Drive down Government Street and you’ll see a developing Electric Depot, a finished White Star Market, an array of restaurants—Soji, Elsie’s Plate and Pie, Curbside Burgers—and bars as well as an eclectic mix of kitschy and traditional retail shops springing to life along Mid City’s main artery.
Yet what what you really notice along this road much traveled is the streetscape-dominating clusters of orange cones, striped barrels and lane closure signs that sporadically—and frustratingly—squeeze four lanes into a pair of serpentine lanes—one coming, the other going. The result is a weekday odyssey of commuters awkwardly merging into a single lane as close-by work crews lay sidewalks and curbs along the four-mile stretch of Government between downtown and Lobdell Avenue.
It’s all part of a plan that for drivers will ultimately trim four driving lanes to two—along with a center turning lane—to make way for bike lanes, sidewalks and improved aesthetics in one of the trendiest areas of Baton Rouge. In other words, proponents say, it’s the price we pay for beauty, which the now-one-year-old Government Street “road diet” promises.
Driving adventures aside, white-knuckling the $13.5 million project the most, however, are Government Street business owners and managers, who have been told to trade the short-term discomfort of the construction work for the long-term gain of better safety, more walkability and a greater aesthetic appeal. But the window of that “short-term” discomfort keeps getting wider and wider.
Originally scheduled to be complete late this summer, Daily Report reported earlier this year that the road diet project is running nearly 18 months behind schedule. DOTD officials attribute the delay to rainy weather as well as the challenges posed by the finding and moving of utility lines and pipes, and the removal of the street’s old concrete and asphalt. DOTD has since backtracked on the timetable, but concedes a significant delay is all but inevitable.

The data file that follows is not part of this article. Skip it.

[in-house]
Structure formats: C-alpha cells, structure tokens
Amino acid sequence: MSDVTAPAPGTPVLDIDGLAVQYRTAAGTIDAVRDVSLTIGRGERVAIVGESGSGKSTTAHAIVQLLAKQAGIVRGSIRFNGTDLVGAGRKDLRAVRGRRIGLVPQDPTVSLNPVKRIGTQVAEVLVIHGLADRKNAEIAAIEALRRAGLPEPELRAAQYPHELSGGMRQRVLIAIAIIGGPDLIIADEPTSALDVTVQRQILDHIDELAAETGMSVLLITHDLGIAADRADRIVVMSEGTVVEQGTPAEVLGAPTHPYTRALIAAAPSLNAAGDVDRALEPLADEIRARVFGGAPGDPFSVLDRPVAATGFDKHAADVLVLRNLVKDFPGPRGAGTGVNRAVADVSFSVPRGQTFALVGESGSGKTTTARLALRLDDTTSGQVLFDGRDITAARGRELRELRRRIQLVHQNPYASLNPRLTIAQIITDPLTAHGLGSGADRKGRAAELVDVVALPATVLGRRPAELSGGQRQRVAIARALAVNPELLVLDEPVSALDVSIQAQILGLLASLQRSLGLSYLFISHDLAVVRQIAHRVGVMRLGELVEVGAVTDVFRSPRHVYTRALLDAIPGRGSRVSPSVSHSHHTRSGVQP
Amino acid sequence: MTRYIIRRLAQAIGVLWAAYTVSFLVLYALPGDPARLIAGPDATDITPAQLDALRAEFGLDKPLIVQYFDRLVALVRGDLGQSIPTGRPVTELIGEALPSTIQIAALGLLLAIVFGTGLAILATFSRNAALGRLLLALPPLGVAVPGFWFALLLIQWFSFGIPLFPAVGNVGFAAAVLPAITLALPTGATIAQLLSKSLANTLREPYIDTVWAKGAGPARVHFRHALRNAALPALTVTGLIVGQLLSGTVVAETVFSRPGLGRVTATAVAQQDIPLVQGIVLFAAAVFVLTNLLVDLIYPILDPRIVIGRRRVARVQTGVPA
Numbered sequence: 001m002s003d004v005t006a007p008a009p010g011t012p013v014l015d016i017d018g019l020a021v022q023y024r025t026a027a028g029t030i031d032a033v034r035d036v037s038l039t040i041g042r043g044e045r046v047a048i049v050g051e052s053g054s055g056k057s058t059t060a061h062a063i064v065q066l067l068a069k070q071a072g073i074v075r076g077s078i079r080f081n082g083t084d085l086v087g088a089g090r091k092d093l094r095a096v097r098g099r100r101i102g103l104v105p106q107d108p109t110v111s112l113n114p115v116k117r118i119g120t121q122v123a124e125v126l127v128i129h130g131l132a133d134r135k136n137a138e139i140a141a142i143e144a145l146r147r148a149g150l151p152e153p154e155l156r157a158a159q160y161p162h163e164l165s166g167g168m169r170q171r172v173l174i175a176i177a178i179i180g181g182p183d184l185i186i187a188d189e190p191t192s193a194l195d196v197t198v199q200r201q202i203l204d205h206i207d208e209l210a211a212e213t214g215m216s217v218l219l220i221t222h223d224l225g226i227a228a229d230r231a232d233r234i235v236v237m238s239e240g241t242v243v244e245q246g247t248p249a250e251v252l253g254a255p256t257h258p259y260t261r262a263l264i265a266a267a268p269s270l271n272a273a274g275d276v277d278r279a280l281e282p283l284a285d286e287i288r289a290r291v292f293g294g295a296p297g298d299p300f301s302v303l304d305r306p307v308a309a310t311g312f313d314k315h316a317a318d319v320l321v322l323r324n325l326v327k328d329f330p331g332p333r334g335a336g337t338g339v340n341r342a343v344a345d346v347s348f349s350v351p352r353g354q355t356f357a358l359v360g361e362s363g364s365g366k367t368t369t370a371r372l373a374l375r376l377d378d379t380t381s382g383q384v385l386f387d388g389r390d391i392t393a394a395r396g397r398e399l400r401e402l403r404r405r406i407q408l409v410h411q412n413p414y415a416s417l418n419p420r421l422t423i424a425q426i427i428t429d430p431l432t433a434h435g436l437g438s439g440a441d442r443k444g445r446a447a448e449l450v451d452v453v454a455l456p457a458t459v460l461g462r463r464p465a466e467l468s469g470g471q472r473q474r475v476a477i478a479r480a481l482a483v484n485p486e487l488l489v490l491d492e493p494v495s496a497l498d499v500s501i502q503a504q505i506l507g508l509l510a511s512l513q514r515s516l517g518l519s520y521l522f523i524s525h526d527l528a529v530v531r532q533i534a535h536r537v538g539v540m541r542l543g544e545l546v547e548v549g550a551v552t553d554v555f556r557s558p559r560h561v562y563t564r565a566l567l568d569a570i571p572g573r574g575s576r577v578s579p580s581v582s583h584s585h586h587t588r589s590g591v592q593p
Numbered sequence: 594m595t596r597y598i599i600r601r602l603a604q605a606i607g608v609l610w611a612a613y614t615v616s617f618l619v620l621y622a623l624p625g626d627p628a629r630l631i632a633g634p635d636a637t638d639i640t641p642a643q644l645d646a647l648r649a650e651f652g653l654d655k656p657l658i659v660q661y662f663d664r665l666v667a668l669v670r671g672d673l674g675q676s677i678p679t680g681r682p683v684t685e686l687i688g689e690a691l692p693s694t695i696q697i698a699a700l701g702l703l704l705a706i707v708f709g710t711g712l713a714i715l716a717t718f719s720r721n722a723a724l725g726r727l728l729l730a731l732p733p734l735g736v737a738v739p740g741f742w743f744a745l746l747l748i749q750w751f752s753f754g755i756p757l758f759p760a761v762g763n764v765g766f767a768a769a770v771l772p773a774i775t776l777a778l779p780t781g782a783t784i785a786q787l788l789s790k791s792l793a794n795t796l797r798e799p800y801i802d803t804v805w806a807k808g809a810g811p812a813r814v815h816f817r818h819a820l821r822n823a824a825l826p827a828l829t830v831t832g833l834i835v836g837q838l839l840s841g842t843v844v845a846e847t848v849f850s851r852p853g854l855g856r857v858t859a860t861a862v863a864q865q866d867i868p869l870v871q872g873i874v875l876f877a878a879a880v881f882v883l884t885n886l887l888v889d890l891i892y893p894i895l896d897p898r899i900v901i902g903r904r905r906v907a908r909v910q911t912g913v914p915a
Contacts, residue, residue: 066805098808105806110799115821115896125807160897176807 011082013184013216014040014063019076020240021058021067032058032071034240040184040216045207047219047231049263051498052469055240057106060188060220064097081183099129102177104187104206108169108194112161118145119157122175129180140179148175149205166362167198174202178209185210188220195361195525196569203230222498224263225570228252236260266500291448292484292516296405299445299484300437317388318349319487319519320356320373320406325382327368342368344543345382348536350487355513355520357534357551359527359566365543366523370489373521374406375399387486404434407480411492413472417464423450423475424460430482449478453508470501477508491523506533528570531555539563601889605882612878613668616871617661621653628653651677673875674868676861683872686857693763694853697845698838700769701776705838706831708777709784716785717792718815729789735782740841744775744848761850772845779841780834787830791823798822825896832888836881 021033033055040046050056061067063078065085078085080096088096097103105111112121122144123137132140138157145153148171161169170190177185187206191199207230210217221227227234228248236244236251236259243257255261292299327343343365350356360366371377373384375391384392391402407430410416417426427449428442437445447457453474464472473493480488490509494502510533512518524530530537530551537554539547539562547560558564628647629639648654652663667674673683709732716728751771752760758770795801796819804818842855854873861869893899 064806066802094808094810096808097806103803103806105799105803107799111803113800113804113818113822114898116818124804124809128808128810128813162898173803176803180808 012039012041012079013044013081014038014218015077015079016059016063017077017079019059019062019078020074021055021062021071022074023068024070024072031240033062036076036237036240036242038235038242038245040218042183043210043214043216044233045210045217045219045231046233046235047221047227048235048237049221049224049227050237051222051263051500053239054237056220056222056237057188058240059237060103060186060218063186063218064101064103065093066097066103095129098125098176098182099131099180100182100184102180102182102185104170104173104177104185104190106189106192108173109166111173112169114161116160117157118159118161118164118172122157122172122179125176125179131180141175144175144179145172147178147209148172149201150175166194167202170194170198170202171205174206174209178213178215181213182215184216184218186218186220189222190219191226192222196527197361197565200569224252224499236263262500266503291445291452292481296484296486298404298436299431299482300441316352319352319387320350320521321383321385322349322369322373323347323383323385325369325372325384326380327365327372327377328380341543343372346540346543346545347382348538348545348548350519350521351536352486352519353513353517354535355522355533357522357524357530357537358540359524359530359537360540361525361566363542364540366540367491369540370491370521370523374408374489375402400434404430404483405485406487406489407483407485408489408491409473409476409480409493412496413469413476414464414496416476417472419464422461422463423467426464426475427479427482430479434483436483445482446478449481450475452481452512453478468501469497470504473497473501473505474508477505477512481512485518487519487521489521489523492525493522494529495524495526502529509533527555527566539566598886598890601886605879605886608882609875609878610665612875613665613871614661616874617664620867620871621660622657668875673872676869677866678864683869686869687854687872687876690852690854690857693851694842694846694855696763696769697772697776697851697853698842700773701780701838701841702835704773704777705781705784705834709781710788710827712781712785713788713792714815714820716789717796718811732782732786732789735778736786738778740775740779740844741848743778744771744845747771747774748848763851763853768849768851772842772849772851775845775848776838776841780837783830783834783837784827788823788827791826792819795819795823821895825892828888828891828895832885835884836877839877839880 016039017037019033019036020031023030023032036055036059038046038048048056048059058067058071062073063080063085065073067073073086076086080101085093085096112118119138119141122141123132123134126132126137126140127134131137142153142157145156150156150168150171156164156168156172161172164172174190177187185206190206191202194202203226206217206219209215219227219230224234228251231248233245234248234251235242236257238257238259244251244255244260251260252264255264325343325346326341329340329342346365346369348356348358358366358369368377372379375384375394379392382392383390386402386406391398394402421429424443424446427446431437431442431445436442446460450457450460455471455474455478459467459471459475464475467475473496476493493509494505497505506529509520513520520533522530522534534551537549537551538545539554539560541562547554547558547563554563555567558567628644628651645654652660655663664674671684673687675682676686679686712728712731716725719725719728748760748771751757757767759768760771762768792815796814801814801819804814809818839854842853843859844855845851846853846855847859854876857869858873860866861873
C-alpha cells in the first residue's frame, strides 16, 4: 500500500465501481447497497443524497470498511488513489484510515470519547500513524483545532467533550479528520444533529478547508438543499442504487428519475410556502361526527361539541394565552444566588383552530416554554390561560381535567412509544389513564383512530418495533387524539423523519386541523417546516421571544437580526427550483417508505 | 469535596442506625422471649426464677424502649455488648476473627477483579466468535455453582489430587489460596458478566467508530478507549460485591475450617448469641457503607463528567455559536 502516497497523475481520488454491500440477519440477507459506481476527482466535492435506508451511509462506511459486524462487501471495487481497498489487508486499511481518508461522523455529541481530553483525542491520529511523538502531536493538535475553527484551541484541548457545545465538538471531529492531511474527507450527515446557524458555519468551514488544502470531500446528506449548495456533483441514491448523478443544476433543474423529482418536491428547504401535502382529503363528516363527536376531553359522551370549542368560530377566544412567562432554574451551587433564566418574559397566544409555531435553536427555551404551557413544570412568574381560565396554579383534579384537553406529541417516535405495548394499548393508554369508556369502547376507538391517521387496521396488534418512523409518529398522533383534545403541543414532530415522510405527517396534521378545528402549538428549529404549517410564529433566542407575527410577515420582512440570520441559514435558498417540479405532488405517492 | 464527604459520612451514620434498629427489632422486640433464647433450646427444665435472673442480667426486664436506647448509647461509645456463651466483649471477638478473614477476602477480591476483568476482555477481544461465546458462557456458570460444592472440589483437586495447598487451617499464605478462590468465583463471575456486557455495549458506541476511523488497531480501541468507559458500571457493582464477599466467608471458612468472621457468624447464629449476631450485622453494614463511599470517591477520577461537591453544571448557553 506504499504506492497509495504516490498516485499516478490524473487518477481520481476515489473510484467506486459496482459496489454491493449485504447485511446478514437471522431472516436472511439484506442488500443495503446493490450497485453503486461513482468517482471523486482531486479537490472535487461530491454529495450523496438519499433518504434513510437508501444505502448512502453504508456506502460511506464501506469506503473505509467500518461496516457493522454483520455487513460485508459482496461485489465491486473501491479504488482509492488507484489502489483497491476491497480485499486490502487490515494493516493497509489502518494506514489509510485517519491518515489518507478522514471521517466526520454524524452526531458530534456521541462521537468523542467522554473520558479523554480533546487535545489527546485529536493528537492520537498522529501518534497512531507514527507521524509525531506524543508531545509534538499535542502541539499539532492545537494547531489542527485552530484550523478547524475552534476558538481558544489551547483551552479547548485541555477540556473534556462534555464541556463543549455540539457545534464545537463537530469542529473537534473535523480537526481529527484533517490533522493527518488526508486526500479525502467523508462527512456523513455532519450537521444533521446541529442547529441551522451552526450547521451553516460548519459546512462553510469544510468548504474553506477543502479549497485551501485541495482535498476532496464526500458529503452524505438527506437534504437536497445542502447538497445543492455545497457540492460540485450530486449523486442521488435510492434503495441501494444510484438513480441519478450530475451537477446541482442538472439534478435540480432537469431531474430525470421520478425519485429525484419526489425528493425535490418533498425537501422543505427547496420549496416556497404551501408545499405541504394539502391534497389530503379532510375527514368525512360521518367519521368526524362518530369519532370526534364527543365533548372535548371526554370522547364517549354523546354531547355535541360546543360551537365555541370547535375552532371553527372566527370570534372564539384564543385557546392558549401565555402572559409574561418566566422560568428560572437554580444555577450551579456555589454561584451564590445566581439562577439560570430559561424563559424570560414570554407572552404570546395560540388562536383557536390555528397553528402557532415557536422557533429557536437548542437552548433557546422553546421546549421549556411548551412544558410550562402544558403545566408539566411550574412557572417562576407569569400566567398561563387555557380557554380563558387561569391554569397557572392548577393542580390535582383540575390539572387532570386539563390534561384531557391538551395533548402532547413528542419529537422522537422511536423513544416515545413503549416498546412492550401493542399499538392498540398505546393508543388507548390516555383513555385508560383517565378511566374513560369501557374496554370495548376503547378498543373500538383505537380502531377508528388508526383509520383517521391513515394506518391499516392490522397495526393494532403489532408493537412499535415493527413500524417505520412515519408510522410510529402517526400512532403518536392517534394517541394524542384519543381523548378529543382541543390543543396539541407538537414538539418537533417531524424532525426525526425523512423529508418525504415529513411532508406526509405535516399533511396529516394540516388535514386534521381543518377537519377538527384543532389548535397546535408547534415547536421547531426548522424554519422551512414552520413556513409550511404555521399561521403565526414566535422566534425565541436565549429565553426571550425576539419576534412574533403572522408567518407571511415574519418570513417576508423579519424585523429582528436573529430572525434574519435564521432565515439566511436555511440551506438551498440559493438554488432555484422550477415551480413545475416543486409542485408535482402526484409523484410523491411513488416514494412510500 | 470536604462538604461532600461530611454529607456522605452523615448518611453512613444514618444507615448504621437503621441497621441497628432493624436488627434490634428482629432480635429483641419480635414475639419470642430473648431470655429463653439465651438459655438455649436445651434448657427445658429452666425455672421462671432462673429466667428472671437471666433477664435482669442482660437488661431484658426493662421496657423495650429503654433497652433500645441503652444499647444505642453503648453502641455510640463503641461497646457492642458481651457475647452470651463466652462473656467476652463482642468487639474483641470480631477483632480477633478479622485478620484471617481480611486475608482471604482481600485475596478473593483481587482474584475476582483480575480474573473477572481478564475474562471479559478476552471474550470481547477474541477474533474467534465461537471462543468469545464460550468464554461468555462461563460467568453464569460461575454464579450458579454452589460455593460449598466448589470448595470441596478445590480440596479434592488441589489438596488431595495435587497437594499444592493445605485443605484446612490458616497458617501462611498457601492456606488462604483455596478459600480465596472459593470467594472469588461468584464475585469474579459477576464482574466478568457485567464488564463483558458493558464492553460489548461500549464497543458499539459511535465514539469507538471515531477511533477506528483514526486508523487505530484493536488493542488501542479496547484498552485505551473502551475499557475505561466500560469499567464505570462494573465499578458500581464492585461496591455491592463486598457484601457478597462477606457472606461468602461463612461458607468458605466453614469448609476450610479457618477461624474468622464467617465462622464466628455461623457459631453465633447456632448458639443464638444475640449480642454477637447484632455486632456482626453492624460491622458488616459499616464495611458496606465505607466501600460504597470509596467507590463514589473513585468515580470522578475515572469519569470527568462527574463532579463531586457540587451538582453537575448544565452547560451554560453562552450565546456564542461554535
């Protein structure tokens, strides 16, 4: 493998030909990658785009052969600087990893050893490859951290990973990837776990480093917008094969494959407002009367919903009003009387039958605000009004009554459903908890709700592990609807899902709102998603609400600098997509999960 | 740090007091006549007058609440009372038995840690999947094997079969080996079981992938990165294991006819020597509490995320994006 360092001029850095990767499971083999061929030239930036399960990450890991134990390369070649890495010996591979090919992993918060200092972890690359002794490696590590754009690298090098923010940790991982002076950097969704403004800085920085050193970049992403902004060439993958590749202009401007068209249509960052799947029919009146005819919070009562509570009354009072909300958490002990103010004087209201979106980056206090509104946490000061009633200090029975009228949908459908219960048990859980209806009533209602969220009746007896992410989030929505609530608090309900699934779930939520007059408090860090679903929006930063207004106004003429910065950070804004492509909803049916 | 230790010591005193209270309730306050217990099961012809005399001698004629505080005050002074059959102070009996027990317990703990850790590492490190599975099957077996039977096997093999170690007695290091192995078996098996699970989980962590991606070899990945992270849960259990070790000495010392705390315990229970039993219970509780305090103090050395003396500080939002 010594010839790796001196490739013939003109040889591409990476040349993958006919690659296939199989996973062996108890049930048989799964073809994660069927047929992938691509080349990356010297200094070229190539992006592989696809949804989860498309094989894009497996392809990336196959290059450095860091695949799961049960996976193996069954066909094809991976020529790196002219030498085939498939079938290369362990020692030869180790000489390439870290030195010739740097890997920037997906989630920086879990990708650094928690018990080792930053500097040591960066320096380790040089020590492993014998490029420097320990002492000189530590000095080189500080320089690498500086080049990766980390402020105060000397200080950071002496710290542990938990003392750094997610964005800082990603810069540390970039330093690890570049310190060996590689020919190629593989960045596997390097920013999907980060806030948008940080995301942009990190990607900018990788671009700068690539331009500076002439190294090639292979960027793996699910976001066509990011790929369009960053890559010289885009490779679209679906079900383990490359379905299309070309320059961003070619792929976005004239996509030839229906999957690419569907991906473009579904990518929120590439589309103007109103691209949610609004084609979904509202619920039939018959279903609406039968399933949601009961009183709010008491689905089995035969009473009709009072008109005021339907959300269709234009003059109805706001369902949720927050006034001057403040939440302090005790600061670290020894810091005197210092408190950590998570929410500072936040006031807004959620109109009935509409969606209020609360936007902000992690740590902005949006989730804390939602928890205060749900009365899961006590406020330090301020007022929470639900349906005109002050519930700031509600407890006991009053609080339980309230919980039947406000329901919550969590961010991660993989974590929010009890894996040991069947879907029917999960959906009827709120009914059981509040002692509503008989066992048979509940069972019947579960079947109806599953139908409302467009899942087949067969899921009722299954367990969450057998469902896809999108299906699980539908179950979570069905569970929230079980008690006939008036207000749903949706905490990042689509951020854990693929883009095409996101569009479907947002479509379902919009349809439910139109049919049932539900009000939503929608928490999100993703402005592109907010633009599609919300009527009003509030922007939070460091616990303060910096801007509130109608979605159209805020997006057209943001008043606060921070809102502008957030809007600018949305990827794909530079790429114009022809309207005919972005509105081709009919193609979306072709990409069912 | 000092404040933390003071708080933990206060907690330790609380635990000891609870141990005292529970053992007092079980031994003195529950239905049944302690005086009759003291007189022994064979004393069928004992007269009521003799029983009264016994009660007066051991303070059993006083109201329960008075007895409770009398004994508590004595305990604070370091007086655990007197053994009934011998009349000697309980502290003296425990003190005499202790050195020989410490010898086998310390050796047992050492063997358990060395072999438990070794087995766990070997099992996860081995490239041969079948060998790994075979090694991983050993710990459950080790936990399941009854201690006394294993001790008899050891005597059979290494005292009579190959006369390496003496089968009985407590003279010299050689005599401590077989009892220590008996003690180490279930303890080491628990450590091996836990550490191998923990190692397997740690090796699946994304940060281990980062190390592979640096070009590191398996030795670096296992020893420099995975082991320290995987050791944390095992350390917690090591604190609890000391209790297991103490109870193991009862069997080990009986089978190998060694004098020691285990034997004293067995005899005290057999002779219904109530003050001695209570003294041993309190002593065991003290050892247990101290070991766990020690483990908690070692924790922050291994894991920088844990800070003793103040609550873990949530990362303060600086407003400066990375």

“It could be 2021, or we could make those days up if we get to spring and summer and have consecutive beautiful, dry days,” says Rodney Mallett, DOTD communications director. “The weather plays a big role in when you can and cannot work.”
While remaining tight-lipped on providing a more specific timeline (other than 2020/2021), Mallett says DOTD still has to finish the sidewalks and curbs, lay asphalt and construct a roundabout at the intersection of Lobdell Avenue, Independence Boulevard and Government before restriping the roadway at the end of the project.
DOTD officials have already added 75 working days to their contract with Barber Bros. Contracting Co., allotting 455 working days—or some 637 calendar days—for construction work. Mallett says DOTD will know more about the project’s potential delay this summer.
But Mid City merchants say they know better, with most of them having expected a delay from the beginning. Some have adopted a grin-and-bear-it mentality, saying that whether Government Street becomes the Magazine Street of Baton Rouge—as the concept has often been billed—depends largely on the success of the road diet.
In the increasingly lengthy interim, however, others say access to their storefront has at some point been limited, and there has been a lack of communication with DOTD, all for what they fear will ultimately attract less cars to pull into their businesses. At least one business owner has already left Government Street largely because of the construction work.
“We’ve got this with all projects,” says Mallett, “you’ve got people who love it and people who don’t like it.”
Checking the pulse
Most Government Street business owners feel the same way about the road diet: It’s challenging right now, but will eventually pay off—at least, for the businesses that choose to take a gamble on the construction period.